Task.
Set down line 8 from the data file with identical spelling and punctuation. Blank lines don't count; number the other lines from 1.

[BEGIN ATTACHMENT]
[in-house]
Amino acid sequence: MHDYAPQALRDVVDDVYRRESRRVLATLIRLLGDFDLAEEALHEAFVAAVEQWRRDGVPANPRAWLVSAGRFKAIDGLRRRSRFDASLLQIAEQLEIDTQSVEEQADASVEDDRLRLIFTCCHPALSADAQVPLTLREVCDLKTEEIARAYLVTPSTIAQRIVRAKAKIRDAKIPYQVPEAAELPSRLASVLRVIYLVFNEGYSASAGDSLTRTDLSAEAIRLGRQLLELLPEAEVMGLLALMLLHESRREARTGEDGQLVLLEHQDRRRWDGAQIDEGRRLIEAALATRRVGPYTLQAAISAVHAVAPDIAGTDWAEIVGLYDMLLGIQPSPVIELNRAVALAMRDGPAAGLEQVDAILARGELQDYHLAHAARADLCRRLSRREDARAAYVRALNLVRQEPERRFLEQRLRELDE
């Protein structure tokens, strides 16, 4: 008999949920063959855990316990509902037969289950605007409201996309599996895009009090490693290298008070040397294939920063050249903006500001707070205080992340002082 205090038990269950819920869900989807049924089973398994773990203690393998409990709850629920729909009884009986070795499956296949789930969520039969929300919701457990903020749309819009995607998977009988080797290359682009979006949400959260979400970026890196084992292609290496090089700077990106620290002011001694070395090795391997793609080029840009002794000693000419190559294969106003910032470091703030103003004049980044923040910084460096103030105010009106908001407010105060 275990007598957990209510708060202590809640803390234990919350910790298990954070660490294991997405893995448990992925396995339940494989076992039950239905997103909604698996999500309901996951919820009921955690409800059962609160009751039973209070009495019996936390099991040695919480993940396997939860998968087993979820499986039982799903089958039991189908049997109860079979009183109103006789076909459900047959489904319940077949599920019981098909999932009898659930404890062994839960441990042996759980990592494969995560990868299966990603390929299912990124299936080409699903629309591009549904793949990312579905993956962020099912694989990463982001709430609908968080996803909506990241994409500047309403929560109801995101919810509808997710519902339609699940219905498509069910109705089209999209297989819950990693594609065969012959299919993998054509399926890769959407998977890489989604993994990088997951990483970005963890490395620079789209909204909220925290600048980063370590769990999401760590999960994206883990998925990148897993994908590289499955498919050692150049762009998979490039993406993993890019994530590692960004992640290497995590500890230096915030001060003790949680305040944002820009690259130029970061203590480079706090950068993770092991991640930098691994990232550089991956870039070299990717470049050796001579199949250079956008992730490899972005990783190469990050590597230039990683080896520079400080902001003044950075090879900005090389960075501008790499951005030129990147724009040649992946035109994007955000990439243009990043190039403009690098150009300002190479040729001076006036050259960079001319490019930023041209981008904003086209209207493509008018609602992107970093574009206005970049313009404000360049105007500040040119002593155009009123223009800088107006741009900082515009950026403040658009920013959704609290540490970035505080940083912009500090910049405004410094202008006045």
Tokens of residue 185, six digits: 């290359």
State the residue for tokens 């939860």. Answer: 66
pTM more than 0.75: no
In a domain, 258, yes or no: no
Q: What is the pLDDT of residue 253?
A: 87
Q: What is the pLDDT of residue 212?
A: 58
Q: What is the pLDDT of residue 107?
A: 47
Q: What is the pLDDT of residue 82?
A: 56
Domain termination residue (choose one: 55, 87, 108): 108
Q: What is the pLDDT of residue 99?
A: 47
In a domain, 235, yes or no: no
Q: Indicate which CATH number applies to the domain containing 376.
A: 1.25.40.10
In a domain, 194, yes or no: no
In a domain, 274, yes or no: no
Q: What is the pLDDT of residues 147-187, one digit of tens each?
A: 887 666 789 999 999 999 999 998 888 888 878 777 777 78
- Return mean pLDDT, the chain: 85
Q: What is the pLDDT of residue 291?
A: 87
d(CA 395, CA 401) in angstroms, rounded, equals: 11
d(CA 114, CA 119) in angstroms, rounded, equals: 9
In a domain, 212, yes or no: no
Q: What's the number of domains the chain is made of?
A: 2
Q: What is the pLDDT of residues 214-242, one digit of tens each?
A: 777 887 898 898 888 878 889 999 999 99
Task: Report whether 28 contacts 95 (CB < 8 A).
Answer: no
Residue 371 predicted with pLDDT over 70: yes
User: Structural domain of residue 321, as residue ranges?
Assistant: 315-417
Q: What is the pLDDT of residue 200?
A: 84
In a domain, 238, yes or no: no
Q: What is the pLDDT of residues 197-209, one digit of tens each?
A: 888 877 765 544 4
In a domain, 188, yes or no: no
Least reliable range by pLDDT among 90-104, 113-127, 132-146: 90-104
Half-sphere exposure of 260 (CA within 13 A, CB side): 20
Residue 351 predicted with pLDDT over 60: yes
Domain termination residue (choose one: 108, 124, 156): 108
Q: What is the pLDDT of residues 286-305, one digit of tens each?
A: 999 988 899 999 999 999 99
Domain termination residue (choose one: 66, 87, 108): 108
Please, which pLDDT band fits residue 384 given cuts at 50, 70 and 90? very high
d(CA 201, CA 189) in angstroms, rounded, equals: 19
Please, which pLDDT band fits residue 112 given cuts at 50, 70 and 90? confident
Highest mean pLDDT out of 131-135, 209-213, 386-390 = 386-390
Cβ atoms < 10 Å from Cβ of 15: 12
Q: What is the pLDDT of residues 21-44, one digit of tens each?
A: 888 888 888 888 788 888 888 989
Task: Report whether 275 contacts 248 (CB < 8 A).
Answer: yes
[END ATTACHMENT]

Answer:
Q: What is the pLDDT of residue 253?